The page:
Breaking Barriers: Women Driving Social Change Through Entrepreneurship Mayank Patil May 22, 2024

Breaking Barriers: Women Driving Social Change Through Entrepreneurship

women entrepreneurs

Did you know that in India, 20.37% of women are MSME owners, accounting for 23.3% of the labor force?

Women entrepreneurs and their increasing presence in India have significantly influenced the country’s economic and social demographics. Women’s participation in the labour force has helped millions of families to pull out of poverty and has significantly contributed to job creation. Women are well known for their leadership skills and dominate in new-age industries such as electronic manufacturing, where more than 50% of the employees are women because of their better productivity levels and high-precision work. This attitude towards work and commendable business skills have also emphasized the significance of women in the modern workforce.

Challenges Faced by Women Entrepreneurs

Did you know that, as per the Google Bain report, only 20% of the businesses in India are owned by women?

  • 1. Fewer sectors are women-friendly

Despite the measures and policies to promote gender equality, men still dominate the entrepreneurial ecosystem of India. According to a report, most women-owned businesses in India operate in low-revenue sectors, while men dominate profitable sectors like construction, manufacturing, etc. The male-centric nature of many industries also forces women to operate in sectors historically defined as “women-friendly,” such as education, apparel, and beauty care, among others. It essentially limits their opportunities, experience, and capabilities to a significant extent.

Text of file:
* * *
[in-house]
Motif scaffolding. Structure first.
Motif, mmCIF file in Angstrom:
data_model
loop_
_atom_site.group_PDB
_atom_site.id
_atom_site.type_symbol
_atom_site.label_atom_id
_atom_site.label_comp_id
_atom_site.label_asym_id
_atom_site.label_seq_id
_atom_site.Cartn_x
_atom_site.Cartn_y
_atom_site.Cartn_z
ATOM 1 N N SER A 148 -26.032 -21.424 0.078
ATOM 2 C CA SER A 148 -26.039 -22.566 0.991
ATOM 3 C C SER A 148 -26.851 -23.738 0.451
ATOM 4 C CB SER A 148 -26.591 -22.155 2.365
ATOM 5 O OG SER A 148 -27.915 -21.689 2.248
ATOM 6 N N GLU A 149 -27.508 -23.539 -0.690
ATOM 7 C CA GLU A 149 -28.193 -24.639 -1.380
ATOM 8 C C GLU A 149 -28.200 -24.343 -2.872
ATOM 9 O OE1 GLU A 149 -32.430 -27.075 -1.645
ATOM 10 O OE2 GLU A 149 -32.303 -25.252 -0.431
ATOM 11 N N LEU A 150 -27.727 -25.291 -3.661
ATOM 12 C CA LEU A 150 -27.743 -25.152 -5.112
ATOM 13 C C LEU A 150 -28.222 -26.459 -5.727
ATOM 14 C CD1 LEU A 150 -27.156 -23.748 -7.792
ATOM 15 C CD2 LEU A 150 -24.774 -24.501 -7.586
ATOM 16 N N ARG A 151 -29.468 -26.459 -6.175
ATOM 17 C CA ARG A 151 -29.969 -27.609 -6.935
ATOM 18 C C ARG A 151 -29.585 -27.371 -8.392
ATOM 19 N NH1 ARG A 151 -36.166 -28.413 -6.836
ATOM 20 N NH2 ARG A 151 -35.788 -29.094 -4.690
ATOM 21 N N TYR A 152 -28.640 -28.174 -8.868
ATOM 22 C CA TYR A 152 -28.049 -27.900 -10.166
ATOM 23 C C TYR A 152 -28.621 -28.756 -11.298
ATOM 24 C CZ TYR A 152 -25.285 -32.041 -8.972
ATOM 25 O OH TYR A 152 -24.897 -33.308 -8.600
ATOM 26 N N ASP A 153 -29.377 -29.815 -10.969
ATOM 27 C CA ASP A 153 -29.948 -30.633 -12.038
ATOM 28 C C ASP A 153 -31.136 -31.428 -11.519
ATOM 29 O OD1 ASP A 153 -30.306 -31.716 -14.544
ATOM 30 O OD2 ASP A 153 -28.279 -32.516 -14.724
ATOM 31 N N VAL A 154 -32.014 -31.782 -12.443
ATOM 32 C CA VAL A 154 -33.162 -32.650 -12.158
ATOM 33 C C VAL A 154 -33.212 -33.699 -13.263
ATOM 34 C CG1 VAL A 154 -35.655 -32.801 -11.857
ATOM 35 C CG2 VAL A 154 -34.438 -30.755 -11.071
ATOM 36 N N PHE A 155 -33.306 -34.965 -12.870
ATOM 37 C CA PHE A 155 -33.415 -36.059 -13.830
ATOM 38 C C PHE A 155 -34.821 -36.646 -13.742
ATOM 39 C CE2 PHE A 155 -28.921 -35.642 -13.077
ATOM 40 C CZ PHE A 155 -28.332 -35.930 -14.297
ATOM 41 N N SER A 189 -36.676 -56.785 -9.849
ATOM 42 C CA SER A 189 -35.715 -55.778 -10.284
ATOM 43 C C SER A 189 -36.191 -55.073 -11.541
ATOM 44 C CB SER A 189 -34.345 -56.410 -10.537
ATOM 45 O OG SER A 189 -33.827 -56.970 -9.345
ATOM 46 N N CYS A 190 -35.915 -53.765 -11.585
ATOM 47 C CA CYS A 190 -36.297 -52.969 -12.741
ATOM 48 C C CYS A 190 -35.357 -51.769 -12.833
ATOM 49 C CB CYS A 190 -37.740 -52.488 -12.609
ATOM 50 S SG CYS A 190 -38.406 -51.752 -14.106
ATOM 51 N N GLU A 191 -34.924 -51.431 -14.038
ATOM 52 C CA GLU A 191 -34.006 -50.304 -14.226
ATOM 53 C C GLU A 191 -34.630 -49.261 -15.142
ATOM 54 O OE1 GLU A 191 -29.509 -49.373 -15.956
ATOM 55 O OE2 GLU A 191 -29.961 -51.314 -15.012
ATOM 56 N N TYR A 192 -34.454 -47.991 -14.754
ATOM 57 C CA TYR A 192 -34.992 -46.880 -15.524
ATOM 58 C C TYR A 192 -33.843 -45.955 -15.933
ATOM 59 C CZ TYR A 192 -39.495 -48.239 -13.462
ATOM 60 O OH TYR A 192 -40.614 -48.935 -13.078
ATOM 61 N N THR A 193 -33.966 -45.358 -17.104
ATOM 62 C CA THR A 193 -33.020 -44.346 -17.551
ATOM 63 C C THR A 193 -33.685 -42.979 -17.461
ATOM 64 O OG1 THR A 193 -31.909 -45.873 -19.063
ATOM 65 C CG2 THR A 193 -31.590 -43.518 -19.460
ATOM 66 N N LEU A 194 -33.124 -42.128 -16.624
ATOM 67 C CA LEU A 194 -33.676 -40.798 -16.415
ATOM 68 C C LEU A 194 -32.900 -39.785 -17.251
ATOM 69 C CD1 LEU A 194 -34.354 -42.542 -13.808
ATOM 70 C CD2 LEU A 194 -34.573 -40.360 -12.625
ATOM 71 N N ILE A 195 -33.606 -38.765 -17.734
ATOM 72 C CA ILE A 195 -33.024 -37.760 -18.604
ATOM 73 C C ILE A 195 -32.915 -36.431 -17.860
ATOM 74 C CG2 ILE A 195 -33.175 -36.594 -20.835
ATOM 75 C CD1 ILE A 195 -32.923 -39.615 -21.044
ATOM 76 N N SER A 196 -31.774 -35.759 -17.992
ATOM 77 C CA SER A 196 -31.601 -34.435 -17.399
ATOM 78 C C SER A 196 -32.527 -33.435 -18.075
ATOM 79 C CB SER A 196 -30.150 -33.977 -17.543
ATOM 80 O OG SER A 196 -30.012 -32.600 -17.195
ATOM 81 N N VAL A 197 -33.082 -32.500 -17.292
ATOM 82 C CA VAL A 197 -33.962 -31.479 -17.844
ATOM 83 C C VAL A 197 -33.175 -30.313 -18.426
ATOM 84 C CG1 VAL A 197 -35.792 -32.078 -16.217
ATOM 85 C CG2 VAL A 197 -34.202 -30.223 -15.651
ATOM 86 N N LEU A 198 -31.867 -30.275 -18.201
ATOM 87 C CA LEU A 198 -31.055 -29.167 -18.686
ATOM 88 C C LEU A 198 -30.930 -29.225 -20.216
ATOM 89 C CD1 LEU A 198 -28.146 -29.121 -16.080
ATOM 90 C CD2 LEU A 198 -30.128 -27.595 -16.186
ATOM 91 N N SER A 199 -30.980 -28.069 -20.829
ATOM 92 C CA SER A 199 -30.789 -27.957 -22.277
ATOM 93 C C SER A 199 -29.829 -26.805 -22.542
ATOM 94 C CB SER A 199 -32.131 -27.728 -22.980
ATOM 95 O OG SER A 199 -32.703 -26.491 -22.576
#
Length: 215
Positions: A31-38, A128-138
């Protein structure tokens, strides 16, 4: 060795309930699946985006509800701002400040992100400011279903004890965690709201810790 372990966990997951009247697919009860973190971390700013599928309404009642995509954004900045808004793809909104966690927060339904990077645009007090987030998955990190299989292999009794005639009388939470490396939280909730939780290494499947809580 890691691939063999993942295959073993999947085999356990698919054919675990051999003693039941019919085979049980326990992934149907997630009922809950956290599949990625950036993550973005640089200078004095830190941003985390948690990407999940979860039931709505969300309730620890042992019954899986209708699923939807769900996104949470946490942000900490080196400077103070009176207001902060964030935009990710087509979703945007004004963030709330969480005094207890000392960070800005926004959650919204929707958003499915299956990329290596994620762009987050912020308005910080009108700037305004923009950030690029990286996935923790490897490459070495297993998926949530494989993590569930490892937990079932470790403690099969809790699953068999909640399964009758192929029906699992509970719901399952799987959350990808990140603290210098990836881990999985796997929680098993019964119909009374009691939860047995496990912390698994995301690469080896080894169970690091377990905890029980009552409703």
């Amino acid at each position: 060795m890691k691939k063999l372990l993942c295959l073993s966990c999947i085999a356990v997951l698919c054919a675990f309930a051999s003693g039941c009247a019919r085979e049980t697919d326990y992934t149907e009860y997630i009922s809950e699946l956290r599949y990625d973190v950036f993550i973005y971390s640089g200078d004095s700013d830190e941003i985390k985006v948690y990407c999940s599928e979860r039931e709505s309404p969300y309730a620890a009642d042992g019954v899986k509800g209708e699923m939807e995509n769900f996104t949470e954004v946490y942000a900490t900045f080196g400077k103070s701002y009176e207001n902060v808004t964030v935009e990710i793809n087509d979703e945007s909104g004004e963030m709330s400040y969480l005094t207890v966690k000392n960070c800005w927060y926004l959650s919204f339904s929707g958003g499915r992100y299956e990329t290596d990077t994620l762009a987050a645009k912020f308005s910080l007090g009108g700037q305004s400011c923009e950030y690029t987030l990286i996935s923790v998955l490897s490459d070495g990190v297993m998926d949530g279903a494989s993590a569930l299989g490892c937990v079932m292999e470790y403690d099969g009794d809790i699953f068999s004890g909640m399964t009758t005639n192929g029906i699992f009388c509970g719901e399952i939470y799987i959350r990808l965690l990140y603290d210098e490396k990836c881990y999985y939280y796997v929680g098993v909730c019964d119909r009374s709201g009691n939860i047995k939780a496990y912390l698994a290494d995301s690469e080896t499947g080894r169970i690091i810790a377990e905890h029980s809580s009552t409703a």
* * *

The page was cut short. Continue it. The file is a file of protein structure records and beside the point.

• 2. Lack of institutional and social support

Most women business owners do not get the social support they require from families, peers, and the immediate ecosystem to initiate their business. Lack of mentorship from the business community can also be considered one of the main challenges faced by women entrepreneurs in India. This case is no different when it comes to institutional support in India. Although there are schemes for promoting women’s entrepreneurship, many do not receive timely help or guidance from authorities. This absence of a proper support network adversely affects their confidence and ability to take risks.

  • 3. Poor Funding Prospects

The funding scene in India has massive gender biases. Businesses led by women in the country lack access to capital due to investors’ prejudices and other factors. According to a report by Innoven Capital, of all the organizations that received funding in 2019, only 12% had at least one female founder. Many angel investors and VC firms are reluctant to invest in women-led businesses, while financial institutions and banks consider women less worthy of credit. In addition, many women in India do not have property or assets in their name, which comes up as an issue while applying for collateral loans or private financing.

  • 4. Limited mobility

Limited mobility is one of the basic issues faced by women entrepreneurs in India. They can’t travel alone or stay at hotels for business purposes without worrying about their safety. Though many financially independent women have started investing in cars, the number of women owning motorized vehicles in India is lower than that of men. All these factors restrict the mobility of female business owners.